The Center for Sustainable Climate Solutions and Mennonite Creation Care Network have partnered to offer retreats for pastors concerned about climate change. Retreats are free to Anabaptist-related pastors and leaders from their congregations; others pay $230. This includes meals and lodging. If you are interested in having a retreat in your area or have questions, contact Doug Kaufman.
Who Cares About Climate Change?
Pastoral Responses to Denial and Despair
Do you care about climate change? If you are like most people, you think that the warming of the planet is real and caused by human activity, but give it a low priority. Conversations about climate change are often laden with denial or despair. These emotions do not inspire action. What do pastors have to offer this vexing worldwide dilemma?
A pastor’s voice can play an important role in working toward climate solutions. As spiritual leaders, pastors are schooled in Christian ethics and speak from communities rooted in hope and joy. They have a unique ability to guide others through the theological and emotional process of reconciling world views challenged by scientific discoveries. Join other pastors in wrestling with what you might have to offer conversations around climate change.
What to Expect
Pastors who attend a retreat can look forward to:
- supportive peer exchanges
- reimagining creation texts with a focus on humans as members of a broader community of creation.
- understanding the ethics of climate change with a focus on climate justice.
- developing practices of care and hope as ways to respond to the denial, despair and distancing that climate change evokes.
- listening for God’s guidance as we seek to become change agents together.
- developing a plan of action for life-giving changes in household, congregational and societal life back home.
- Pre-conference seminar at the School for Leadership Training, Eastern Mennonite Seminary, Monday, January 13, 9 am to 12 noon. Pre-register with the conference.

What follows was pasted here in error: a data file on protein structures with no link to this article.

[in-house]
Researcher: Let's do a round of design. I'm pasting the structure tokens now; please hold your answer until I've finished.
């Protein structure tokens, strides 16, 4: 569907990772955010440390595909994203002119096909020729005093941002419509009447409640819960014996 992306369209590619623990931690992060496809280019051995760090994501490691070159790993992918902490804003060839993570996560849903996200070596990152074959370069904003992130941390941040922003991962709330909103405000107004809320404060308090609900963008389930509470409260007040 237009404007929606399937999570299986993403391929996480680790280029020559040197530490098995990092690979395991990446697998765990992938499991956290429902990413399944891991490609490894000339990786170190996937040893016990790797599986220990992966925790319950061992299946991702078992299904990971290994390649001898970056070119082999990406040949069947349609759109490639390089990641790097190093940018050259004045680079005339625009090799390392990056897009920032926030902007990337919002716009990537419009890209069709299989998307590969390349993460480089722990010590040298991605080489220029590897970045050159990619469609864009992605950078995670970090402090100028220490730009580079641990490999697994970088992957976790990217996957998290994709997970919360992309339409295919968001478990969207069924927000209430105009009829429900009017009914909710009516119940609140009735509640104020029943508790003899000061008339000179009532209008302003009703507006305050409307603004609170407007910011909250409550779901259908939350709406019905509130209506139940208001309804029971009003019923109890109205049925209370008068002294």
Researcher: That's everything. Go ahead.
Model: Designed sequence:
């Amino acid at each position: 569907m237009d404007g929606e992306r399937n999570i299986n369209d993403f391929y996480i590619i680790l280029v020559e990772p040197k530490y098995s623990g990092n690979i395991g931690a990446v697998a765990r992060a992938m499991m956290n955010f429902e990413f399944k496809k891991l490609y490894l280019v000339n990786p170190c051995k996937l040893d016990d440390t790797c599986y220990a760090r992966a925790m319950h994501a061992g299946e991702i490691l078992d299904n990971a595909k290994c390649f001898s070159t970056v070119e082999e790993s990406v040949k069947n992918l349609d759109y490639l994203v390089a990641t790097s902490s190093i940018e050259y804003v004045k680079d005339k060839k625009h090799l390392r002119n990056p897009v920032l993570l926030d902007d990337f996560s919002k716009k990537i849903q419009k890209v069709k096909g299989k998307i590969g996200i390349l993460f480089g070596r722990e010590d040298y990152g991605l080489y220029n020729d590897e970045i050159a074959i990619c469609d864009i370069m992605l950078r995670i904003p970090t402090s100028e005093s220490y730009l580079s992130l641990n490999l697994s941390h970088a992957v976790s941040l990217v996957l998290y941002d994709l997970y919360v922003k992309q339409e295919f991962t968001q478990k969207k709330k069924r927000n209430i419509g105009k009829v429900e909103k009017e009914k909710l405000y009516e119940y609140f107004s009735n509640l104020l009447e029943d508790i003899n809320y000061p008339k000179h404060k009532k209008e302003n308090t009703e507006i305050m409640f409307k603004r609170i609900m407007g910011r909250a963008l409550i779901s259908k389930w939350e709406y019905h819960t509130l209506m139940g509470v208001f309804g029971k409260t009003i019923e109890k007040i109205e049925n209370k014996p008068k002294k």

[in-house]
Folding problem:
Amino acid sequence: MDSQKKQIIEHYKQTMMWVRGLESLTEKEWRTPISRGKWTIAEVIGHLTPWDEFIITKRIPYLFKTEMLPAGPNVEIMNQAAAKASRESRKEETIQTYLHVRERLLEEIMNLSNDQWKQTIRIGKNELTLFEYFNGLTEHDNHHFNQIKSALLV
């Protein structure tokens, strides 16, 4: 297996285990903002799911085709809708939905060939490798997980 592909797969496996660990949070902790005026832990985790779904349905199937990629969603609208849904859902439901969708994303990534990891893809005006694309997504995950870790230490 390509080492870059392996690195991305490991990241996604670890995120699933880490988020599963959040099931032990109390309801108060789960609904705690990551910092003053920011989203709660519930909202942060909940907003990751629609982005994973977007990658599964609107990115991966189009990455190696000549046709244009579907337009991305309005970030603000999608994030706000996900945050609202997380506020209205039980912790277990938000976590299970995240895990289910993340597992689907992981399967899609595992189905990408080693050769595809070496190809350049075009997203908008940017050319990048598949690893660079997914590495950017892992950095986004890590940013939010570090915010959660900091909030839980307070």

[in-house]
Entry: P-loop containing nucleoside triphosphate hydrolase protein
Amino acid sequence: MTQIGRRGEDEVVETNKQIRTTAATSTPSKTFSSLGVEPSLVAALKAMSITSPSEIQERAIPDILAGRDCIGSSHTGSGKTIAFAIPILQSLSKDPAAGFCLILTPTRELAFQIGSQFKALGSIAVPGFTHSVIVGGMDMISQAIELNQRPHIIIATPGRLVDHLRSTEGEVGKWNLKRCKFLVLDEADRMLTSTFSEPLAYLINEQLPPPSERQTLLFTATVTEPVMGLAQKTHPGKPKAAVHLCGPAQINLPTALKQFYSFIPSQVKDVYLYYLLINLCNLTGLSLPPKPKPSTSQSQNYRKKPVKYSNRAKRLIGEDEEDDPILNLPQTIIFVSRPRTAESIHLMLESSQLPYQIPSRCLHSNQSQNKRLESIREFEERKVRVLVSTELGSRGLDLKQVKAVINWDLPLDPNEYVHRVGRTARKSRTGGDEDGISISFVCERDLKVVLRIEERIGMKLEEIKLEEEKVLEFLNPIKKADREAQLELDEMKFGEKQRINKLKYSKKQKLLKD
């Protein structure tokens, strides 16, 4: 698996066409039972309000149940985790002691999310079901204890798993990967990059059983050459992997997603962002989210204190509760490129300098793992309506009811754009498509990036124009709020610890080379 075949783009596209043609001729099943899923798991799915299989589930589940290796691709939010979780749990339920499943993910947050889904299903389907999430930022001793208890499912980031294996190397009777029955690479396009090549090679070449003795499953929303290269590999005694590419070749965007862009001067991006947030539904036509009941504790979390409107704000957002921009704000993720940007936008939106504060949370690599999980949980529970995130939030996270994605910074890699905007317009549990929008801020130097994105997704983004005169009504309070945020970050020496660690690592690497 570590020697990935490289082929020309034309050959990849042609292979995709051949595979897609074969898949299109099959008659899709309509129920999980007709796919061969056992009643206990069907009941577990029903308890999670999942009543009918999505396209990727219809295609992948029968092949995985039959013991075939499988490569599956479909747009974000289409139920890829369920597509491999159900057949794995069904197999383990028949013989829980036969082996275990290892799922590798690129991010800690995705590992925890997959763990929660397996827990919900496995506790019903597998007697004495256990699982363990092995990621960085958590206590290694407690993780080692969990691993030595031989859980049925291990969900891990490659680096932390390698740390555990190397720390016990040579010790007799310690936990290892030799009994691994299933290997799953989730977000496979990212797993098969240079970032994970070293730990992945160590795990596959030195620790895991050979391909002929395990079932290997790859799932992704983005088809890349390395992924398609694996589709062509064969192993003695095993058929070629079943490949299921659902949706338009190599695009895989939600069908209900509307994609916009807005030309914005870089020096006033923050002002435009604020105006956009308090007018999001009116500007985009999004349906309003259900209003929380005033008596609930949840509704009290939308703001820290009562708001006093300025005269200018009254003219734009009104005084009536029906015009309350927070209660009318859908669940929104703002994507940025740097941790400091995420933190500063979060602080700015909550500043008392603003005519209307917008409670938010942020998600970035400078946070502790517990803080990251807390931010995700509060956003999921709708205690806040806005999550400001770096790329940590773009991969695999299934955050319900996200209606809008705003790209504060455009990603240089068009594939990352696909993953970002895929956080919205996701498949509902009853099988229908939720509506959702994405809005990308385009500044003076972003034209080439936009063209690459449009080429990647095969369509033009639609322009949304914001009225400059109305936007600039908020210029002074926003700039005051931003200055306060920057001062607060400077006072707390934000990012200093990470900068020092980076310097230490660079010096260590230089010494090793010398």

- The next pastoral retreat will be from Friday, January 31, 5:30 p.m. to Sunday, February 2, 1 p.m. at the Retreat Center at the Cathedral Center of St. Paul, Echo Park Lake, Los Angeles.
Doug Kaufman pastors at Benton Mennonite Church, Goshen, Ind. and serves as the director of pastoral ecology for the Center for Sustainable Climate Solutions and Mennonite Creation Care Network. Doug calls himself a river pastor, having baptized people in the Elkhart River for over 15 years and led a Hoosier Riverwatch group monitoring the health of the river. Doug has also been a conference minister with the Indiana-Michigan Mennonite Conference. He is pursuing a Th.M. in theology and ecology at Toronto School of Theology and will guide the retreats.
Each retreat will also include input from several regional presenters with experience and interest in responding to climate change.
Katerina Friesen, M.Div., lives in Fresno, Calif., on traditional Yokuts land. She works with incarcerated people to grow healing gardens in prison through the Insight Garden Program. Katerina is part of Mennonite Community Church and leads Wild Church Fresno, a gathering of Anabaptists seeking to contextualize the gospel in their watershed during this time of ecological crisis. Katerina will lead worship at the retreat.
Mark McReynolds’ love of people and God’s creation comes from a B.S., M. Div., Ph.D., and many years of camp ministry, missionary work and university teaching. Mark has traveled globally and has lived in the Dominican Republic (4.5 years) and Belize (4 years). Mark is a licensed Ecopastor with the Pacific Southwest Mennonite Conference. He leads SoCal A Rocha–a Christian conservation organization.
Rev. Dr. Deb Shepherd-Webster has degrees in physics (B.S., M.S.), astronomy (M.S., Ph.D.) and theology (M.Div.) She spent 30 years as a research engineer, training astronauts for the NASA shuttle program, and doing astronomical research and project management at CalTech and the National Radio Astronomy Observatory. After receiving her Master of Divinity in 2015, she began to work in education and faith-based climate change initiatives for the United Methodist Church. Deb will discuss climate impacts in the region and congregational responses.
Adam Vega is a community organizer with Californians for Pesticide Reform. He is also the founder and coordinator of the Ventura County Coalition Advocating for Pesticide Safety (VC-CAPS). Adam holds a BA in political science and has experience with regenerative agriculture, solar technologies, rainwater harvesting, and promotion of Community Supported Agriculture. He will discuss the relationship between immigration and climate.
- Space is limited! We cannot guarantee free lodging for those who register after the facility we have rented is full.
- Each attendee should fill out the form, including both members of a married couple.
- If you complete the form correctly, you should be redirected to a confirmation page. If you end up back at the top of this page, please scroll down to see what you missed.